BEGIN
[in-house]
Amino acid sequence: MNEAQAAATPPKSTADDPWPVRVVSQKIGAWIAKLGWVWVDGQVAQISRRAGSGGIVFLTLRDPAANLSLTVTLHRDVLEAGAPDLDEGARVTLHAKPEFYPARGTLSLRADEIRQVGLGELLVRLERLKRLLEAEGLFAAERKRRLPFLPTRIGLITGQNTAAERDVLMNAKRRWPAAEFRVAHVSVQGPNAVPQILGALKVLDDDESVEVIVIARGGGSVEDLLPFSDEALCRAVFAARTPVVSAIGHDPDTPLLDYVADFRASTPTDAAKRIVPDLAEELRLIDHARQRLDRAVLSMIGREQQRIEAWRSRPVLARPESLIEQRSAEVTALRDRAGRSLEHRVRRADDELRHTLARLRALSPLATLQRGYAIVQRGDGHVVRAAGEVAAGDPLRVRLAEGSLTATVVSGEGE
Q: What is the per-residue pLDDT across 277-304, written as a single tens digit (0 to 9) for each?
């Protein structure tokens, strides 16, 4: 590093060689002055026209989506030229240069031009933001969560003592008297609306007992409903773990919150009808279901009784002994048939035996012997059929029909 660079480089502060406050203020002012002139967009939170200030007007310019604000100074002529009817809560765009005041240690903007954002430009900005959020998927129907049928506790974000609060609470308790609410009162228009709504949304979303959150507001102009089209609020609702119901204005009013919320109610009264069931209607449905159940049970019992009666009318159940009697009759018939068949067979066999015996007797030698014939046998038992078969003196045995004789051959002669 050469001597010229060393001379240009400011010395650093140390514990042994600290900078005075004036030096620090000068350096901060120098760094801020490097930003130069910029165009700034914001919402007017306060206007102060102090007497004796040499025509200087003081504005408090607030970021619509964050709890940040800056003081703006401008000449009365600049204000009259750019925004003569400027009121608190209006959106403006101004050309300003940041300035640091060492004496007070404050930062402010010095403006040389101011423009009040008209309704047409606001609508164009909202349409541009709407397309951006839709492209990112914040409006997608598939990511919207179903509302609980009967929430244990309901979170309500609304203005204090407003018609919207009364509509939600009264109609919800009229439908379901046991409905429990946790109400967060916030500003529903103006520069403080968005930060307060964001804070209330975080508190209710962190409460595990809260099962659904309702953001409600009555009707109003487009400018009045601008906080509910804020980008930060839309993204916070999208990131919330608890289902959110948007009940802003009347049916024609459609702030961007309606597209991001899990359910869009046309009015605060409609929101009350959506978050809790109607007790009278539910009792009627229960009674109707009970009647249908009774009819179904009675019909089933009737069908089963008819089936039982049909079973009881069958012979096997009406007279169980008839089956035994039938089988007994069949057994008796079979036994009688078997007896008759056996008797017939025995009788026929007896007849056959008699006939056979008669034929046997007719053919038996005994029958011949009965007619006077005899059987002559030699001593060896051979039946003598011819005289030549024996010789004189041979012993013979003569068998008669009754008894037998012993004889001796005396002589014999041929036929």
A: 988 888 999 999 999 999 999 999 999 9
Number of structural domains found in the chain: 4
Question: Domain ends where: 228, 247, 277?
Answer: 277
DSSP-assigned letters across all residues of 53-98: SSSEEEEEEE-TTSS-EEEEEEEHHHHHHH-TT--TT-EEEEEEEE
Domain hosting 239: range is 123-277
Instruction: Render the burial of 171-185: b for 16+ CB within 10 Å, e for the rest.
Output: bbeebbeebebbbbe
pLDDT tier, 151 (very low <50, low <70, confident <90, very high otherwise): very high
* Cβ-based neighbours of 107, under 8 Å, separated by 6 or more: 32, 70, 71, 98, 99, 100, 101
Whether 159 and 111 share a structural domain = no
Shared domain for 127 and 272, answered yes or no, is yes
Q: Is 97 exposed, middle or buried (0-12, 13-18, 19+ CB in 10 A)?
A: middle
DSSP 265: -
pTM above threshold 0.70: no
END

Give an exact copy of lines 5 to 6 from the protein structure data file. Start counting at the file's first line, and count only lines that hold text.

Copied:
A: 988 888 999 999 999 999 999 999 999 9
Number of structural domains found in the chain: 4